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Open Source Operating Systems Linux

LTSI Linux Kernel 3.4 Released 61

Posted by Soulskill
from the penguins-with-boosterspice dept.
hypnosec writes "The Linux Foundation has announced the release of Linux 3.4 under its Long Term Support Initiative (LTSI), which will be maintained for the next two years with back-ported features from newer Linux kernels. Based on Linux 3.4.25, the LTSI 3.4 is equipped with features such as Contiguous Memory Allocator – which is helpful for embedded devices with limited hardware resource availability; AF_BUS – a kernel-based implementation of the D-Bus protocol; and CoDel (controlled delay) – a transmission algorithm meant for optimization of TCP/IP network buffer control."
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LTSI Linux Kernel 3.4 Released

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  • Good, I suppose (Score:3, Interesting)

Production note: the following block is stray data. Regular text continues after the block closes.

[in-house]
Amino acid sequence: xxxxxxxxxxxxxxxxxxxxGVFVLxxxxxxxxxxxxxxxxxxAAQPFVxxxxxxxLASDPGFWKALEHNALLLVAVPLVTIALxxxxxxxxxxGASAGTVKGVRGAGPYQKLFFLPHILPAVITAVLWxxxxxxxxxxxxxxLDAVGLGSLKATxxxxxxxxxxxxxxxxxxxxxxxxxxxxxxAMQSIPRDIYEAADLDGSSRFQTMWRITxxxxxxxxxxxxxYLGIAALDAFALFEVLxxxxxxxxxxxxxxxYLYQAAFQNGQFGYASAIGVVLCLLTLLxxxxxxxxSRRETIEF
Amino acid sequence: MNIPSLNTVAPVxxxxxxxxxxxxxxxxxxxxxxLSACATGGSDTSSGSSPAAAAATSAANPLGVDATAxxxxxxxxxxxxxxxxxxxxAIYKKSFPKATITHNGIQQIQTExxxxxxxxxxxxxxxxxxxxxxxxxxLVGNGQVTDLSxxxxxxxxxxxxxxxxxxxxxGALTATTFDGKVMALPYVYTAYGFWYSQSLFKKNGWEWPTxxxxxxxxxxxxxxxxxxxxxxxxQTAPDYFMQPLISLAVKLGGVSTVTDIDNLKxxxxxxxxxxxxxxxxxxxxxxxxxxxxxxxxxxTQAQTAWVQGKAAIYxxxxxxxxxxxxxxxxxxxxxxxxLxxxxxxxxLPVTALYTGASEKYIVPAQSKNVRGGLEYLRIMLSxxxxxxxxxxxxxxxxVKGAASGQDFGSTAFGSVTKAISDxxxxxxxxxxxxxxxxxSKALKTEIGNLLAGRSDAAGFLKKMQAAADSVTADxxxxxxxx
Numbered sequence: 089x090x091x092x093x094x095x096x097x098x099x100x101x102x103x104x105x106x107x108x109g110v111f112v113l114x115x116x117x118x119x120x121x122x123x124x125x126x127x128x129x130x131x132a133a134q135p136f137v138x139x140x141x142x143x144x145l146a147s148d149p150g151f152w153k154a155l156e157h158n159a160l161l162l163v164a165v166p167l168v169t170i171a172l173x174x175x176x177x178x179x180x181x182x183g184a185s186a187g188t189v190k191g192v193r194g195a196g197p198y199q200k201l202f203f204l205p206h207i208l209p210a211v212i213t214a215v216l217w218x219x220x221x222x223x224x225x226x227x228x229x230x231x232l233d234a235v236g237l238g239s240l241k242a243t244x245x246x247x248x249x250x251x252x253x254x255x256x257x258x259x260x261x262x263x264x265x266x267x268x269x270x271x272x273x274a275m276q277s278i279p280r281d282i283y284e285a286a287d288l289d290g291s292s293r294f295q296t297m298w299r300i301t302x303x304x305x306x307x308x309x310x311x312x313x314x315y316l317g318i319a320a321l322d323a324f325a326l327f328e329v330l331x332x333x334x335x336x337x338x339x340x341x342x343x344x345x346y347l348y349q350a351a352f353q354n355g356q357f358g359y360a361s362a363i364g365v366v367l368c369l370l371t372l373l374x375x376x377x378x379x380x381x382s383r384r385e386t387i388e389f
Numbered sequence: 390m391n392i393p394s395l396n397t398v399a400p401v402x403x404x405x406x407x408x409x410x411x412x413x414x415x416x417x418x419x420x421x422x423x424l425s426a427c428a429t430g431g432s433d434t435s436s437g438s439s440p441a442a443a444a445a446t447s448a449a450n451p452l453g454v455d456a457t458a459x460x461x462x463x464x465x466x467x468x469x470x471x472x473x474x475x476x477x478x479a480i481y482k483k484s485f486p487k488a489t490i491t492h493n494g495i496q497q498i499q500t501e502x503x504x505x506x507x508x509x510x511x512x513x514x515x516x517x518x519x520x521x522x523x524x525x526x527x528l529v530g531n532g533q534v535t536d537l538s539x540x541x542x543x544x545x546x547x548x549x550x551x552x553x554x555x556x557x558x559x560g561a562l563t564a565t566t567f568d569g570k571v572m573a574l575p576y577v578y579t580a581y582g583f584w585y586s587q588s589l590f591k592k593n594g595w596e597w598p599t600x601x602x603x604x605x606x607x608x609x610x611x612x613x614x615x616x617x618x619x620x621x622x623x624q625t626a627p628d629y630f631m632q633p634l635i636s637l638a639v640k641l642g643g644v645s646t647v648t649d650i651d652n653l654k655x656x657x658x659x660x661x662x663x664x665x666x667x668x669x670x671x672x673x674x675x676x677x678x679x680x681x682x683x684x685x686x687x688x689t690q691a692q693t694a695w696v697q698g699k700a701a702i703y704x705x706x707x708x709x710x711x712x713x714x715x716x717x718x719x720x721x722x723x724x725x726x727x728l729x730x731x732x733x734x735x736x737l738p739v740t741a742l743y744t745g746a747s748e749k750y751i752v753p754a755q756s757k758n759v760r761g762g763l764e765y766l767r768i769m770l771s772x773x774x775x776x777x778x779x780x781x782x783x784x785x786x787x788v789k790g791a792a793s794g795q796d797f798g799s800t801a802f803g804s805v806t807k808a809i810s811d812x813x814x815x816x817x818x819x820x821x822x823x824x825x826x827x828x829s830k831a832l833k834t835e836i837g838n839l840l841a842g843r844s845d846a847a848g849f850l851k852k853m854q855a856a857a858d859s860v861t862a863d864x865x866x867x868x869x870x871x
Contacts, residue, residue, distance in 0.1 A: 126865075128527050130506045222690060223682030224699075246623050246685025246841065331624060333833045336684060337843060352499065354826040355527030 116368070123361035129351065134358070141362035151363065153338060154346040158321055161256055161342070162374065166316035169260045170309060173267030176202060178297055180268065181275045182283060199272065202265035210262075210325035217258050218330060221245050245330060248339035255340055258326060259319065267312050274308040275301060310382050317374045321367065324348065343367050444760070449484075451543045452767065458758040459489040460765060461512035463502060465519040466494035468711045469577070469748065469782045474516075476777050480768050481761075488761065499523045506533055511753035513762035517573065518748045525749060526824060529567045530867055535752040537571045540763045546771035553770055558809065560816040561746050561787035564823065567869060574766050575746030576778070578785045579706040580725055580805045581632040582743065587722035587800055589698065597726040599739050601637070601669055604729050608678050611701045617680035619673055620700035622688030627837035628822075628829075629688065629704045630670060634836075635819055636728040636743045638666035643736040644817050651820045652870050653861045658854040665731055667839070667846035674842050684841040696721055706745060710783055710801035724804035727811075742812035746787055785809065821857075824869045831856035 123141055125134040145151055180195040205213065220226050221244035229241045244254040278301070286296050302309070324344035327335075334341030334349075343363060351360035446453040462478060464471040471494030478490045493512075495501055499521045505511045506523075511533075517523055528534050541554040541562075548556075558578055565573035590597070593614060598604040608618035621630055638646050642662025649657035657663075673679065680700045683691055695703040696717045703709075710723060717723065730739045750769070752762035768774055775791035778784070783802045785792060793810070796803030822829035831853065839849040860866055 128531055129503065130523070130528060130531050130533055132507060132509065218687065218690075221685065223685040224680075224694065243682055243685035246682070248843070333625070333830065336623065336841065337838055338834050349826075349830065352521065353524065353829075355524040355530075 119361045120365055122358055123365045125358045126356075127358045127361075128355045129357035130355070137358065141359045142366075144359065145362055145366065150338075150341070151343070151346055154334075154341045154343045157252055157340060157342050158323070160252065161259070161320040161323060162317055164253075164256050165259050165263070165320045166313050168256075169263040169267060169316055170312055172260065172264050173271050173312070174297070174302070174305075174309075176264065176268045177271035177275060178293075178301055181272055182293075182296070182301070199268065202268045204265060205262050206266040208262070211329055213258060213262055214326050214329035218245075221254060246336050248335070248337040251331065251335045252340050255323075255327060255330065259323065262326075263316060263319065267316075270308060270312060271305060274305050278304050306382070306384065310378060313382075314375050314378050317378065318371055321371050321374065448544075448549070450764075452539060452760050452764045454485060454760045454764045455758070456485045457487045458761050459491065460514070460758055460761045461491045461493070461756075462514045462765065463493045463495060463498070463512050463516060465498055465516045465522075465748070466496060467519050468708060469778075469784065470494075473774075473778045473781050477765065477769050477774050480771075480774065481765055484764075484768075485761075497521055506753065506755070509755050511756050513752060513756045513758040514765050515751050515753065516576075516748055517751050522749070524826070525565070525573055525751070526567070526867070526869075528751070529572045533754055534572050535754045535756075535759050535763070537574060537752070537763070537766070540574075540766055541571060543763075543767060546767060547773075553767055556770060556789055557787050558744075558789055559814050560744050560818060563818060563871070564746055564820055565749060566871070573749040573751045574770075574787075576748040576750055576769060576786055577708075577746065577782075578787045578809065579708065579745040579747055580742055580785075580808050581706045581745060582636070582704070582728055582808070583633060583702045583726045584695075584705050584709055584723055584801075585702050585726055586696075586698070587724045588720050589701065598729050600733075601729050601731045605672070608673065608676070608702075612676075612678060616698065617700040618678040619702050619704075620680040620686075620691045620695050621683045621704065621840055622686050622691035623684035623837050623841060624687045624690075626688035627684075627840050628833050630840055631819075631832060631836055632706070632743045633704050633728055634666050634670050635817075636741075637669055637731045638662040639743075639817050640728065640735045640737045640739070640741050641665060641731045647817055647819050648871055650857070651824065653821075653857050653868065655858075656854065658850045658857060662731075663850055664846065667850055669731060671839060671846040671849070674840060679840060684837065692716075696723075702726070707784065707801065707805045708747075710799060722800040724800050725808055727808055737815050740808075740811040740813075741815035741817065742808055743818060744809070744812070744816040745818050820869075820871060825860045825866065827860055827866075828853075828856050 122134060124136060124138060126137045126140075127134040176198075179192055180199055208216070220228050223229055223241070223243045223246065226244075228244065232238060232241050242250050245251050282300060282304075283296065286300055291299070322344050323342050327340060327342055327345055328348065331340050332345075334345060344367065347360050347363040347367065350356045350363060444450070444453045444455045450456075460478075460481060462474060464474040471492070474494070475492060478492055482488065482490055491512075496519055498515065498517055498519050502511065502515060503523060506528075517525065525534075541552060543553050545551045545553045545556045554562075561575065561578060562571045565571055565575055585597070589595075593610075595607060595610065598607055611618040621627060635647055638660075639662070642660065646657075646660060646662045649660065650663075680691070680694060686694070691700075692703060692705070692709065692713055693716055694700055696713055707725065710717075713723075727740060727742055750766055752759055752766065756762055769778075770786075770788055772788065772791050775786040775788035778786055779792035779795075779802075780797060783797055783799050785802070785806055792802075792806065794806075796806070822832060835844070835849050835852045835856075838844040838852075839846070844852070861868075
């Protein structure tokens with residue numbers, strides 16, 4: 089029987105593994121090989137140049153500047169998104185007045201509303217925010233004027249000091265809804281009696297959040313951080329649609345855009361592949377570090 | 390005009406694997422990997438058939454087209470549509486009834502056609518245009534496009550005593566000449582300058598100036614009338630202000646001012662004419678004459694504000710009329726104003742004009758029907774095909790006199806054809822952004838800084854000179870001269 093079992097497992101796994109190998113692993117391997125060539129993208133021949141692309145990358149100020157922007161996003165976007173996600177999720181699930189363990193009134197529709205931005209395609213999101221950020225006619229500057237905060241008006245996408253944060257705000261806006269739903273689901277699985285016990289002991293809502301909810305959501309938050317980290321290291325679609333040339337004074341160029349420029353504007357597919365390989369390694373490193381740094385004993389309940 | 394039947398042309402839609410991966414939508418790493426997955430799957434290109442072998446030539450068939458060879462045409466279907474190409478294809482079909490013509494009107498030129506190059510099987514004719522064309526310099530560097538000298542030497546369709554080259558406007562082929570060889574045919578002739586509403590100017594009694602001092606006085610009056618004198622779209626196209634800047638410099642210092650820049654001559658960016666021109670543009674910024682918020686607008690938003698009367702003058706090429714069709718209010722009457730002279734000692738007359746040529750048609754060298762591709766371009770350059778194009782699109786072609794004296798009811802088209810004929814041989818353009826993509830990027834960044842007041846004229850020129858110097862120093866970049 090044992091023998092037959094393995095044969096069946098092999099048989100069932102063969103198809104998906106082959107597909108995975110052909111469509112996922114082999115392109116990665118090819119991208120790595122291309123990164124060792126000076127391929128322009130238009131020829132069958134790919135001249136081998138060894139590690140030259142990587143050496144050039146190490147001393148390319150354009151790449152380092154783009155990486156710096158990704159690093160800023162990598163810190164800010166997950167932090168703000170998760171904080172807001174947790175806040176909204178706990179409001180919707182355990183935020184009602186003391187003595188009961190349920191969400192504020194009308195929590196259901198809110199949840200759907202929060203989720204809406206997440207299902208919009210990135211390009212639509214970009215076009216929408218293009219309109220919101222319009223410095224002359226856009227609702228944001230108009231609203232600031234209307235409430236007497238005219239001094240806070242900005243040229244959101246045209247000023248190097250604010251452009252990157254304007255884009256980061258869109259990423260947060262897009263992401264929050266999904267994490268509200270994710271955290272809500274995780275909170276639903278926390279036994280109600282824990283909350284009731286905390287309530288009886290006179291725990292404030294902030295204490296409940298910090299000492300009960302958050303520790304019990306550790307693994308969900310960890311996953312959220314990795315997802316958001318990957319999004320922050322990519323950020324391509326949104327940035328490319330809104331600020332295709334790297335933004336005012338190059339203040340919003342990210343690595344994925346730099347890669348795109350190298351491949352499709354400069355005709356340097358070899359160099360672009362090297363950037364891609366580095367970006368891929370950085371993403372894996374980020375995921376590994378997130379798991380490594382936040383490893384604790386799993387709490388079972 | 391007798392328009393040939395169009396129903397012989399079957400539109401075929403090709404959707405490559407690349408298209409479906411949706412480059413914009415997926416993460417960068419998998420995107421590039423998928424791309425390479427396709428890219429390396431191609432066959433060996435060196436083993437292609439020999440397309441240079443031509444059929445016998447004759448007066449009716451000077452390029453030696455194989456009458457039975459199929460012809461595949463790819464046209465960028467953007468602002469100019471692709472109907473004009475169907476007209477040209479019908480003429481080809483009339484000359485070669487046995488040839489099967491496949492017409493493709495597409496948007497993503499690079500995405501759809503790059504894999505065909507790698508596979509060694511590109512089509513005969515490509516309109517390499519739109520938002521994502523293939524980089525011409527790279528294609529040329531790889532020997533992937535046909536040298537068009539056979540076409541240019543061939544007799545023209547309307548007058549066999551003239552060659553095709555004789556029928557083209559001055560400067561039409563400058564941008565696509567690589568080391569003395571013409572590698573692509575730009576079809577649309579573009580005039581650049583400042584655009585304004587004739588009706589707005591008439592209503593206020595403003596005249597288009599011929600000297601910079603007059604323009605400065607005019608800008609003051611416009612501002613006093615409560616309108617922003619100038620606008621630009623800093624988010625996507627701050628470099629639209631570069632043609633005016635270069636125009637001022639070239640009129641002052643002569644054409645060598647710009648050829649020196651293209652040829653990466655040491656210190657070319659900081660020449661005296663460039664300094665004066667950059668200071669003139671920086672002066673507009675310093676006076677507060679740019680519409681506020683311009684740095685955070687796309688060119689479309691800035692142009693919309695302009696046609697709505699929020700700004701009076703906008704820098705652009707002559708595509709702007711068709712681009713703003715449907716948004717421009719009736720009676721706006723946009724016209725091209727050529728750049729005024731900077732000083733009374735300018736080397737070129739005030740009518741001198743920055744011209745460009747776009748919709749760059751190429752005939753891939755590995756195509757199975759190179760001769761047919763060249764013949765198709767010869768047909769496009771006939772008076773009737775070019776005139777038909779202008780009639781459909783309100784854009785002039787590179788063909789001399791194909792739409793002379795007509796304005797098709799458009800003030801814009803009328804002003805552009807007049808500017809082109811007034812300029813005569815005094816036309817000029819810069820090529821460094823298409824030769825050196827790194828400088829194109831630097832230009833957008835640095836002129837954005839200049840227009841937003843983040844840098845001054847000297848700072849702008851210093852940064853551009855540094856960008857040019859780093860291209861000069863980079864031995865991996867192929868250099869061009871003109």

by jones_supa (887896) on Wednesday January 23, 2013 @04:02AM (#42666817)
    If we want the Year of Linux on Desktop to come, we will need more these kind of strict, conservative standards. One of the top reasons why developers don't want to target the platform is that things are changing way too wildly.
  • by Anonymous Coward on Wednesday January 23, 2013 @04:06AM (#42666839)

    If QNX and NetBSD can hack it, why the heck can't Linux?

  • Not very long term (Score:4, Interesting)

    by Myopic (18616) * on Wednesday January 23, 2013 @01:27PM (#42671039)

    Why is two years considered Long Term? In my short career I've worked with many machines which have run the same version of an OS for a lot longer than that. I would think ten years would be a *minimum* threshold for "long term support". Ten years from now, yes, some machines will need that critical security update. No, we can't expend six months every two years to re-test the systems to make sure they work with the new kernel.

    There's a sliding scale of how reasonable it is to keep backporting bug fixes but two years? Two years doesn't seem long enough. Even my laptop has a three-year-old version of OS X on it.

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